I am absolutely horrible with money, and so I laugh at the irony of me writing this article. As someone who struggles to handle their finances, I get very frustrated with most of the money-saving advice I see online which assumes I’m prepared to stash away most of my paycheck. At 23 years old that’s not realistic for me because A) I don’t want to and B) I don’t make that much money.
However I realize that blowing my entire paycheck on dinner, drinks, and clothes (been there, done that) is not responsible. Trying a new restaurant or planning a weekend getaway shouldn’t run you into bankruptcy. So, here is how I’ve (very) slowly but surely started saving without sacrificing everything I love to do.
Find your bank match
Probably my biggest problem before was the lack of a good bank that worked with my spending habits. When I exclusively banked with Chase my account’s Annual Percentage Yield (APY) was around 0.08% but since I switched to Capital One my APY is about 0.2%. Not that Capital One offers a huge APY, but it’s better than nothing, right?
I personally like Capital One because there are a TON of Allpoint ATMs (mostly in CVS or Walgreens, AKA the MOST convenient) and you don’t get charged a fee there. Plus, if there’s ever an emergency and you have to fork out a lot of cash, they don’t charge a low balance fee.
Like anything, be sure to shop around for a bank that fits your needs. And if you’re a spender like me then consider having your big savings in a different bank altogether. I promise it helps with those expensive, tempting purchases…
Save, save, save
If money is in front of me, I will spend it—no ifs, ands, or buts. To reduce temptation I put my savings in an Ally account. Ally is great because it’s an online bank, so you don’t pay any branch fees. Basically, I think of this as my money I cannot touch.
Ally offers 1% interest that (for me, anyway) has already increased to 1.2% in just four or five months. It’s an easy way to cushion your savings a bit in a year or so.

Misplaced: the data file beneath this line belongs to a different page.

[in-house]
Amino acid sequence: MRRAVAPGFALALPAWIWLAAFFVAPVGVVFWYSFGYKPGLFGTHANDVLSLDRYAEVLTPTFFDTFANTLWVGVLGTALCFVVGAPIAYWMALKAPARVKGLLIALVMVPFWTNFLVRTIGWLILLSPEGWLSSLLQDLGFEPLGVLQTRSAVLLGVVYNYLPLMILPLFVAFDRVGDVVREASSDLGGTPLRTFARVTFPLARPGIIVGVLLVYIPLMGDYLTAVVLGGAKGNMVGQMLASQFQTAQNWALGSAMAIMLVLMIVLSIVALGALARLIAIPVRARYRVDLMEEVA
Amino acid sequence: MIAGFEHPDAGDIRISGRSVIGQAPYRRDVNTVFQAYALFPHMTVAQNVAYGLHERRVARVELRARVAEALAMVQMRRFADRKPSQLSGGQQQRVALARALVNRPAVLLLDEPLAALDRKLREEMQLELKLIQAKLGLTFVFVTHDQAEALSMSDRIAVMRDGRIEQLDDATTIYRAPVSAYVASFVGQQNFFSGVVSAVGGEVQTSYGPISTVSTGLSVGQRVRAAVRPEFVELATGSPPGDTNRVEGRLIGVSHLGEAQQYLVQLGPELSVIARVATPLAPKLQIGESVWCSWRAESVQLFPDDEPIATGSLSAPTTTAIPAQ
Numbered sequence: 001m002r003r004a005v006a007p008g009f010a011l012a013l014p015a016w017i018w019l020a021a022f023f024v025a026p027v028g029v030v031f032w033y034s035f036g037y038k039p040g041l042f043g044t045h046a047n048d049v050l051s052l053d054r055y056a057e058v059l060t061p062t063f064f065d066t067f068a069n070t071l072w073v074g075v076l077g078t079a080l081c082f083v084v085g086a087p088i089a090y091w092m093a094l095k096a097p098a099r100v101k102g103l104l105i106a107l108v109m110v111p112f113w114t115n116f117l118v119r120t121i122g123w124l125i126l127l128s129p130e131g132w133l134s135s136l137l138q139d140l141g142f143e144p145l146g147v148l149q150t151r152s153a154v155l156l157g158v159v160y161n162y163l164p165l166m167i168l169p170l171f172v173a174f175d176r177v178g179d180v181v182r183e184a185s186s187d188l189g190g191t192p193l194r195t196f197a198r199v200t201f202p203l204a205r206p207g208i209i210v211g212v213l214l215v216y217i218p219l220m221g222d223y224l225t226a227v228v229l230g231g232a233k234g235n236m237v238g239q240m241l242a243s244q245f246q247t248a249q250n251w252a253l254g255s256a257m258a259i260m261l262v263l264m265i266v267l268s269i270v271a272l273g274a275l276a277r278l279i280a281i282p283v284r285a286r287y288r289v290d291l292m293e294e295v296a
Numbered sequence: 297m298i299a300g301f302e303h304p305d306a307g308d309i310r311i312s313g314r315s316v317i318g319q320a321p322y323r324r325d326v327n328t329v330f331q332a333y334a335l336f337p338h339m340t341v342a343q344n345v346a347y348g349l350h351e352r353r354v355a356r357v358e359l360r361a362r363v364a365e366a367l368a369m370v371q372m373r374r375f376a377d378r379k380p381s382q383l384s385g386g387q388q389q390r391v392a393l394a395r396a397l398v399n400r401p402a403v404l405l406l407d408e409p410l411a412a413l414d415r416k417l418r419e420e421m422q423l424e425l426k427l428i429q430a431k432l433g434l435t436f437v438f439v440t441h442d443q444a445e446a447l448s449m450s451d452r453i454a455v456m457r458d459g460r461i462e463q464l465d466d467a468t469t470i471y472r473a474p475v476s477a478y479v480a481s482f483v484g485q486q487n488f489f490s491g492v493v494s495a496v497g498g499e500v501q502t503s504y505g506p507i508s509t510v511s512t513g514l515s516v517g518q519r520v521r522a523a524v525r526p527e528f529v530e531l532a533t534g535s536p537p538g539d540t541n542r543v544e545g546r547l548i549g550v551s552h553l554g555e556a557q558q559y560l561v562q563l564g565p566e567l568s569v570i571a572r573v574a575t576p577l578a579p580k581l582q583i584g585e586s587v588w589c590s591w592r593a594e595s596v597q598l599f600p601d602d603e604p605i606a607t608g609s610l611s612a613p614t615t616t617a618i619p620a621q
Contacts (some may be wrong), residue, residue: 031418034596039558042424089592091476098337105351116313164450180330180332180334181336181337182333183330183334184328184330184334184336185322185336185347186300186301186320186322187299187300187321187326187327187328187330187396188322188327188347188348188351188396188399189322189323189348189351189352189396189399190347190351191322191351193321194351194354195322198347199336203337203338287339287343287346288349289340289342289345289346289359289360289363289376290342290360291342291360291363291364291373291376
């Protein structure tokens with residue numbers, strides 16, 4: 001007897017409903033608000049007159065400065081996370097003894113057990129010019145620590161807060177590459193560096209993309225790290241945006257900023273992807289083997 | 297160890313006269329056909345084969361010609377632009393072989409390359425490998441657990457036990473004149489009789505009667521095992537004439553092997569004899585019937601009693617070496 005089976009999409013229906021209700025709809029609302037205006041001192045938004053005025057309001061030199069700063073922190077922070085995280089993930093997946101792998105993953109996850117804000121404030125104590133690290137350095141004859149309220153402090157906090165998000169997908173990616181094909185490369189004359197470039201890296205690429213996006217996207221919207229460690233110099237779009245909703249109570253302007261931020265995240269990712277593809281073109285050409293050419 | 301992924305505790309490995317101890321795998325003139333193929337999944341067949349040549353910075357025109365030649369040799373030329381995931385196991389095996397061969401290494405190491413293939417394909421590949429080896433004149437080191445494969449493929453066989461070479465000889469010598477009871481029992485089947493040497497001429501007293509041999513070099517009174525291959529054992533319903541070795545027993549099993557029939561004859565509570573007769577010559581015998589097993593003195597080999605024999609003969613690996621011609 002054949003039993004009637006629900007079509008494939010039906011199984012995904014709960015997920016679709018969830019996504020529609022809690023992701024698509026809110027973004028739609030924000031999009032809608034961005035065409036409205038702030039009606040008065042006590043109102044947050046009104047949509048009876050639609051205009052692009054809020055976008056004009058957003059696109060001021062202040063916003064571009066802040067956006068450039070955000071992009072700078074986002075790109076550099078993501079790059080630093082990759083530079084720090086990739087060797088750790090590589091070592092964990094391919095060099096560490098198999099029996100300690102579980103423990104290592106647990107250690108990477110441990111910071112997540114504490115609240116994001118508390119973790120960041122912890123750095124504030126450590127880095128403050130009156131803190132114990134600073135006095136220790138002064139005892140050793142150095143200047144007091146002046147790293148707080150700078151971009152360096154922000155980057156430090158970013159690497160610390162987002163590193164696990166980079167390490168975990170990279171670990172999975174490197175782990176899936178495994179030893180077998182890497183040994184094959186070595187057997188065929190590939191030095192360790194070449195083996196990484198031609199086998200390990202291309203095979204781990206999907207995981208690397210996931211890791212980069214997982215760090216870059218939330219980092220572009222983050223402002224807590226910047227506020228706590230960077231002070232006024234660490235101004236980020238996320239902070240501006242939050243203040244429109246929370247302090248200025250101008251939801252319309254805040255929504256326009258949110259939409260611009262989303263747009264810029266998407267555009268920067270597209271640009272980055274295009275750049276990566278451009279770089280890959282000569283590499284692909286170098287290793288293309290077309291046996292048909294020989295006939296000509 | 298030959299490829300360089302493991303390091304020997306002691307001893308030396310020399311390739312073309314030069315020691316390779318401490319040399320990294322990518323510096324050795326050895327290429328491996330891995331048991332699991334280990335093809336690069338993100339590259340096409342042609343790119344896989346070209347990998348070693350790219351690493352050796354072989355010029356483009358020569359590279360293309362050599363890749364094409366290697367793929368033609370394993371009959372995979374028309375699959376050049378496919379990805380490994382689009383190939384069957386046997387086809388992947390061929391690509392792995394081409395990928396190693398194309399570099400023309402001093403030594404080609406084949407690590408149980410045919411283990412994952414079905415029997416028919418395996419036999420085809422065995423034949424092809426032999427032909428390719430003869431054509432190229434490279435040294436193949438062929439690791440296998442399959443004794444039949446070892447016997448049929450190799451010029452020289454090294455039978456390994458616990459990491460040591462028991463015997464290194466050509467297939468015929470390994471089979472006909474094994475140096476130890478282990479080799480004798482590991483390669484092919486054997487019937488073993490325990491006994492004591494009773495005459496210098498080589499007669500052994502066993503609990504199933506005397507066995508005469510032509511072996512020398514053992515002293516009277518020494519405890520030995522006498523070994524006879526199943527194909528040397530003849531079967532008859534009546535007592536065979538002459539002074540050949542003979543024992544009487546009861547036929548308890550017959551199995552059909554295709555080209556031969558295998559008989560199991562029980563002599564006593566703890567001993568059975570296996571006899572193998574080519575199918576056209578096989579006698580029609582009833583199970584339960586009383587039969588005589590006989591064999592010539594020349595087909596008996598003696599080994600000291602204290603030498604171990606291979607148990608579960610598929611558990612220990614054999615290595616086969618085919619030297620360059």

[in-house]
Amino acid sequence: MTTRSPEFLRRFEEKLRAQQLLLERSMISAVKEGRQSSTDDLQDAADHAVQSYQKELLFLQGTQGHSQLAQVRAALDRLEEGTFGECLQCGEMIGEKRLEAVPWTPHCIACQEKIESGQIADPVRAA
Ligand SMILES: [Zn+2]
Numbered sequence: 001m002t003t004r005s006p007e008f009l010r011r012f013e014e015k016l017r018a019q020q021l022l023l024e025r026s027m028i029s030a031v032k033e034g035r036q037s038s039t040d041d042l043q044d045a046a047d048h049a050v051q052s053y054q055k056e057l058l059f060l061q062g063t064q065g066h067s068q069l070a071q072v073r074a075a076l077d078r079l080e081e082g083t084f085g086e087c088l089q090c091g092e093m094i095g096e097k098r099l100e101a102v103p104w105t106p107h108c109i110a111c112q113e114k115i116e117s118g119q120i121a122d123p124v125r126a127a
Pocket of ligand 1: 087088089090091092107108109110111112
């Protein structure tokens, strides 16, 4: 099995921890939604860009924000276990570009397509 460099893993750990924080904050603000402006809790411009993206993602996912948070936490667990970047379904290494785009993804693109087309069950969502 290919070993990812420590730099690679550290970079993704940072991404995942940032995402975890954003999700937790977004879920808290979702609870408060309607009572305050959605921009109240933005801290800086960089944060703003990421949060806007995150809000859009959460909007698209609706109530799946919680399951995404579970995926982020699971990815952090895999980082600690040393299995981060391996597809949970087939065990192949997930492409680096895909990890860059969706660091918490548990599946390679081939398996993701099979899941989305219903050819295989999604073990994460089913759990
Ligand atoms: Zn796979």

Ease into it and start with just $50 or $100 each paycheck if you can. Or $1 if that’s all you can afford. A penny saved is a penny earned, as they say.
Keep it separated
Here’s where I get psycho with my organization. I still have that Chase account I talked about earlier, and that’s what I call my Bill Account. I then use Capital One as my Spending Account.
My job does direct deposit for every paycheck, so I have it automatically split up to my various banks. The money I need to pay my bills goes into Chase, then my chunk for savings goes to Ally, and the rest is dumped into Capital One.
Rent, utilities, car payment, train pass, Netflix, Apple Music—all of it is paid directly from Chase, and that’s all that account is used for. I don’t even keep my Chase card in my wallet, specifically so I won’t ever use that money. (Okay, it’s not that I lack that much self-control, but it is better safe than sorry.)
For me, keeping my money separated in different accounts is convenient because not only does it organize my spending, but each one reaps its own benefits. I also like being able to assess what kind of spending money I have, and even though I have a (VERY) long way to go, organizing it all has helped a lot.
What are some your money managing tips and tricks?